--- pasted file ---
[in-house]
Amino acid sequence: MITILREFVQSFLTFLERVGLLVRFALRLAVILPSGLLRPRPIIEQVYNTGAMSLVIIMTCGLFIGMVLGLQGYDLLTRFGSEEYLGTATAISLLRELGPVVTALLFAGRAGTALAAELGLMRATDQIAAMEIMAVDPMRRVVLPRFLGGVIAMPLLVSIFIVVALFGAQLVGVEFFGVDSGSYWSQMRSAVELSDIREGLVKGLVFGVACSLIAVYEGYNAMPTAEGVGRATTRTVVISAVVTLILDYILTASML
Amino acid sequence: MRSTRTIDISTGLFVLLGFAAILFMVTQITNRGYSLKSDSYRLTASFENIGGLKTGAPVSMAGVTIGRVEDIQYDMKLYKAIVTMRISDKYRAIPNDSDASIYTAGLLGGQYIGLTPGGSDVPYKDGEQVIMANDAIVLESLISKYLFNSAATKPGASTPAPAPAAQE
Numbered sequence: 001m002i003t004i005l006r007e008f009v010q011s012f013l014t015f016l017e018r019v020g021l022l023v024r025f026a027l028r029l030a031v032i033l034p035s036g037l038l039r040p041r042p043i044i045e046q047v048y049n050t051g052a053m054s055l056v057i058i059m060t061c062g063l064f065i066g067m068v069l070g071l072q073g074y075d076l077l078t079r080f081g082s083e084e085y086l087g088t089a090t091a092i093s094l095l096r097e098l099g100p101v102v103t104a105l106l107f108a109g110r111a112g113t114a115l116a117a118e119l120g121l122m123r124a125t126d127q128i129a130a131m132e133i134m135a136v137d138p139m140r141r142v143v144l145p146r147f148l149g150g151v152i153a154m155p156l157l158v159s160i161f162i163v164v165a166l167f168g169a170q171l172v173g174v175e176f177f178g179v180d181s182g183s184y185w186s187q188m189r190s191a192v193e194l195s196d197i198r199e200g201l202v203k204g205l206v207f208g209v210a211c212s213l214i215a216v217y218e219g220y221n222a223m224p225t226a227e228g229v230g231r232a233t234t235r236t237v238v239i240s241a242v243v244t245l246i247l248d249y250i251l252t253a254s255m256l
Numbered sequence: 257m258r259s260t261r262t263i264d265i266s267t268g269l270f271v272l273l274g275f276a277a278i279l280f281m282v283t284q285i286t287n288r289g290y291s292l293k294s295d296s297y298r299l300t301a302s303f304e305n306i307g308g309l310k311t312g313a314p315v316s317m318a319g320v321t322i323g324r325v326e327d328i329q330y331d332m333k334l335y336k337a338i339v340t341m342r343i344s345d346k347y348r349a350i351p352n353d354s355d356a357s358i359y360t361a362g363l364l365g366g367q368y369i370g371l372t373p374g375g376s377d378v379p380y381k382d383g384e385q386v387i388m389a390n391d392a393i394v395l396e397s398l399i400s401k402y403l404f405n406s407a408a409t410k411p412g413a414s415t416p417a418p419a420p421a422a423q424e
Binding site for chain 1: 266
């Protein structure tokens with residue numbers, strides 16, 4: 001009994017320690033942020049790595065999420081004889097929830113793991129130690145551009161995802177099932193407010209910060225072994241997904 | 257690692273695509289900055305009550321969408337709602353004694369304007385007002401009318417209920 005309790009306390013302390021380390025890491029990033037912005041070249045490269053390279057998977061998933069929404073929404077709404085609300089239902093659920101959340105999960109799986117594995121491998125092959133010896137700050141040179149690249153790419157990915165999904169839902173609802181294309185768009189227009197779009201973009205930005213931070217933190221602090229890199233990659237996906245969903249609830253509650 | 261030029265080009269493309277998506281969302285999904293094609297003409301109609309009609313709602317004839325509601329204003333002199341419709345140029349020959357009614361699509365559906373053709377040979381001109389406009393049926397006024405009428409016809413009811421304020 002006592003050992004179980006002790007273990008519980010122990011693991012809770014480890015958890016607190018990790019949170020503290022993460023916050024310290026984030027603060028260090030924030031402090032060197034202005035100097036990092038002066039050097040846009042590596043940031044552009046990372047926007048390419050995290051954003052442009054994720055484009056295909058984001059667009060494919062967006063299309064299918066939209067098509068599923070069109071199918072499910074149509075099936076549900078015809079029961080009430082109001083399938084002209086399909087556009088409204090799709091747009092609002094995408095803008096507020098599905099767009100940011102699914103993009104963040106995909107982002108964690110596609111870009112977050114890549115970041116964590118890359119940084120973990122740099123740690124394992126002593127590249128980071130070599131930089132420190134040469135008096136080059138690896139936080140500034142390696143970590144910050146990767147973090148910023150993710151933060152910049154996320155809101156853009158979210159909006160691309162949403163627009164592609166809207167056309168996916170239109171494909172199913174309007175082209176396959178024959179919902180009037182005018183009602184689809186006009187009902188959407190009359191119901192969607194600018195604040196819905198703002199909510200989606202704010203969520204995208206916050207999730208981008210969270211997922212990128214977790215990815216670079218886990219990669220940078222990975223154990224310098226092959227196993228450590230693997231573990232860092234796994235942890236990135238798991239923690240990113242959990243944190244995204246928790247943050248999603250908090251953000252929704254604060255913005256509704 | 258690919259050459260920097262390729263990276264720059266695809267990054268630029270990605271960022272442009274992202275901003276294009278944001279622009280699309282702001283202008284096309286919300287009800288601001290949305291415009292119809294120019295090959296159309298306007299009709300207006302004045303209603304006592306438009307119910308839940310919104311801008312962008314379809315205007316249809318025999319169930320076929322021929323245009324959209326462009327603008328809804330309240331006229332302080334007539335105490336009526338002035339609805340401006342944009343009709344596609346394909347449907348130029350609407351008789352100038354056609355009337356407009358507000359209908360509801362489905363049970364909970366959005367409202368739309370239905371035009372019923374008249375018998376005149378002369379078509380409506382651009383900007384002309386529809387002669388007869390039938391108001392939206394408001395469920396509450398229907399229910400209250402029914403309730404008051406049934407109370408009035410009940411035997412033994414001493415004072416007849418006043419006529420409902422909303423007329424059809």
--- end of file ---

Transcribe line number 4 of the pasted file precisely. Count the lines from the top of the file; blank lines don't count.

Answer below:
Numbered sequence: 001m002i003t004i005l006r007e008f009v010q011s012f013l014t015f016l017e018r019v020g021l022l023v024r025f026a027l028r029l030a031v032i033l034p035s036g037l038l039r040p041r042p043i044i045e046q047v048y049n050t051g052a053m054s055l056v057i058i059m060t061c062g063l064f065i066g067m068v069l070g071l072q073g074y075d076l077l078t079r080f081g082s083e084e085y086l087g088t089a090t091a092i093s094l095l096r097e098l099g100p101v102v103t104a105l106l107f108a109g110r111a112g113t114a115l116a117a118e119l120g121l122m123r124a125t126d127q128i129a130a131m132e133i134m135a136v137d138p139m140r141r142v143v144l145p146r147f148l149g150g151v152i153a154m155p156l157l158v159s160i161f162i163v164v165a166l167f168g169a170q171l172v173g174v175e176f177f178g179v180d181s182g183s184y185w186s187q188m189r190s191a192v193e194l195s196d197i198r199e200g201l202v203k204g205l206v207f208g209v210a211c212s213l214i215a216v217y218e219g220y221n222a223m224p225t226a227e228g229v230g231r232a233t234t235r236t237v238v239i240s241a242v243v244t245l246i247l248d249y250i251l252t253a254s255m256l